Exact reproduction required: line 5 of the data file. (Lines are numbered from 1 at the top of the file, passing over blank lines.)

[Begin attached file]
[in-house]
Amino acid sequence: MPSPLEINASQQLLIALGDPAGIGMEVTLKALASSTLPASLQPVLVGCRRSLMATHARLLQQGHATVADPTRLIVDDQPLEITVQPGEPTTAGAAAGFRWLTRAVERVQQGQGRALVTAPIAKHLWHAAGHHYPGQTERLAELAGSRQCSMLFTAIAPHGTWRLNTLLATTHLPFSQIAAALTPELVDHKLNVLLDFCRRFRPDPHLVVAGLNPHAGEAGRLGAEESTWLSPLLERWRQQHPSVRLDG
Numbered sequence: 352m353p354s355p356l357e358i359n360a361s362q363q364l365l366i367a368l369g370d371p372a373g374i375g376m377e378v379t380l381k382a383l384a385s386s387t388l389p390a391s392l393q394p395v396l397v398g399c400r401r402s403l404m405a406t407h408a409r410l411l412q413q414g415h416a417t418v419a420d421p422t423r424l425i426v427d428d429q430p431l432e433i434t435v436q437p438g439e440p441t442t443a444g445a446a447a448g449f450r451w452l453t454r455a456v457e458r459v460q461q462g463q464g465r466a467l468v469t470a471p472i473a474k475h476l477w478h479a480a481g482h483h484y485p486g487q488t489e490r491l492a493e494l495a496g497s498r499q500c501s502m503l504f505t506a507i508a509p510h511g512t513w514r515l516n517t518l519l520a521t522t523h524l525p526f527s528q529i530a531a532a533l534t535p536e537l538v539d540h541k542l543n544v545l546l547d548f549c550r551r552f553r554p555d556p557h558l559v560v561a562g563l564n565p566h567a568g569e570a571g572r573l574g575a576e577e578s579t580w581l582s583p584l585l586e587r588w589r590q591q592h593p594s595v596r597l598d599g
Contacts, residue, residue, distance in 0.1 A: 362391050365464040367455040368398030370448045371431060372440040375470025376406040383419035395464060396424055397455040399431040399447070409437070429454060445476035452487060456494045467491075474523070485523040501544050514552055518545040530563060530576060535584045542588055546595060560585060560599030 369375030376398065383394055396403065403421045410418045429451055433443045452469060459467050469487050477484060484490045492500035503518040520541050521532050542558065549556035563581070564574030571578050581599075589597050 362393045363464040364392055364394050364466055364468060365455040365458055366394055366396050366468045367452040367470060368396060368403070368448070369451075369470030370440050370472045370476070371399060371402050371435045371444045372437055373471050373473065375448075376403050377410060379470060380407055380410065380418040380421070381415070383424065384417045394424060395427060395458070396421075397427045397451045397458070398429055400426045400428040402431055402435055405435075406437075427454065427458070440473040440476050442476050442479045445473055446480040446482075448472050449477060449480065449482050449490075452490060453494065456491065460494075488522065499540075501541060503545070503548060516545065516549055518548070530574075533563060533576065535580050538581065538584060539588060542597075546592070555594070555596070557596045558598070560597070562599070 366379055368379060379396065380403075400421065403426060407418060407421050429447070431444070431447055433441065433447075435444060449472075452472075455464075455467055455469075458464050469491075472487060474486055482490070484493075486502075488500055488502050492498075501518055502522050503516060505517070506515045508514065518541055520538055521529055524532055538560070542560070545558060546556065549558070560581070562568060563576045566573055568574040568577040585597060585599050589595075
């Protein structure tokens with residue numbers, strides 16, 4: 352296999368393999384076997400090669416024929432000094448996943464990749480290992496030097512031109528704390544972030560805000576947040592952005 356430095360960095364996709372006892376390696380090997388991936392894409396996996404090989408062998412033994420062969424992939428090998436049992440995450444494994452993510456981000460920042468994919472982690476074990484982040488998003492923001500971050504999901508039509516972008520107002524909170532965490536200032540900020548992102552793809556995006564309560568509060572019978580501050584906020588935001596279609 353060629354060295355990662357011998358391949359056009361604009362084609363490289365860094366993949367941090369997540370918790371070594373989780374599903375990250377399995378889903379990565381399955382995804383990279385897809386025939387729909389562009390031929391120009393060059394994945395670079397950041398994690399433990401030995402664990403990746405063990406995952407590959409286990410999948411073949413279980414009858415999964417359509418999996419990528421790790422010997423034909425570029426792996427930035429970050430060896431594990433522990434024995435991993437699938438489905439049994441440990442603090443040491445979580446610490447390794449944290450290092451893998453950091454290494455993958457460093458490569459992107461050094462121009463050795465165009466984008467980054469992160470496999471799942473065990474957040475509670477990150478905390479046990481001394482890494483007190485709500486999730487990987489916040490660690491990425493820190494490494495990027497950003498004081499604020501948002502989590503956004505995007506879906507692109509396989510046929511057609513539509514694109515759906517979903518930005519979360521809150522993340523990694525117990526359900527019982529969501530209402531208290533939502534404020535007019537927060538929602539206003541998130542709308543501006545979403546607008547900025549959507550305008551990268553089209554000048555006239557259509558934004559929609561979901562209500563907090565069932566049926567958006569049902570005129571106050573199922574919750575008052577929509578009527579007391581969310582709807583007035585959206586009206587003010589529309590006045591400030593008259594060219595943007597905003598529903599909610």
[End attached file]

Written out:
């Protein structure tokens with residue numbers, strides 16, 4: 352296999368393999384076997400090669416024929432000094448996943464990749480290992496030097512031109528704390544972030560805000576947040592952005 356430095360960095364996709372006892376390696380090997388991936392894409396996996404090989408062998412033994420062969424992939428090998436049992440995450444494994452993510456981000460920042468994919472982690476074990484982040488998003492923001500971050504999901508039509516972008520107002524909170532965490536200032540900020548992102552793809556995006564309560568509060572019978580501050584906020588935001596279609 353060629354060295355990662357011998358391949359056009361604009362084609363490289365860094366993949367941090369997540370918790371070594373989780374599903375990250377399995378889903379990565381399955382995804383990279385897809386025939387729909389562009390031929391120009393060059394994945395670079397950041398994690399433990401030995402664990403990746405063990406995952407590959409286990410999948411073949413279980414009858415999964417359509418999996419990528421790790422010997423034909425570029426792996427930035429970050430060896431594990433522990434024995435991993437699938438489905439049994441440990442603090443040491445979580446610490447390794449944290450290092451893998453950091454290494455993958457460093458490569459992107461050094462121009463050795465165009466984008467980054469992160470496999471799942473065990474957040475509670477990150478905390479046990481001394482890494483007190485709500486999730487990987489916040490660690491990425493820190494490494495990027497950003498004081499604020501948002502989590503956004505995007506879906507692109509396989510046929511057609513539509514694109515759906517979903518930005519979360521809150522993340523990694525117990526359900527019982529969501530209402531208290533939502534404020535007019537927060538929602539206003541998130542709308543501006545979403546607008547900025549959507550305008551990268553089209554000048555006239557259509558934004559929609561979901562209500563907090565069932566049926567958006569049902570005129571106050573199922574919750575008052577929509578009527579007391581969310582709807583007035585959206586009206587003010589529309590006045591400030593008259594060219595943007597905003598529903599909610």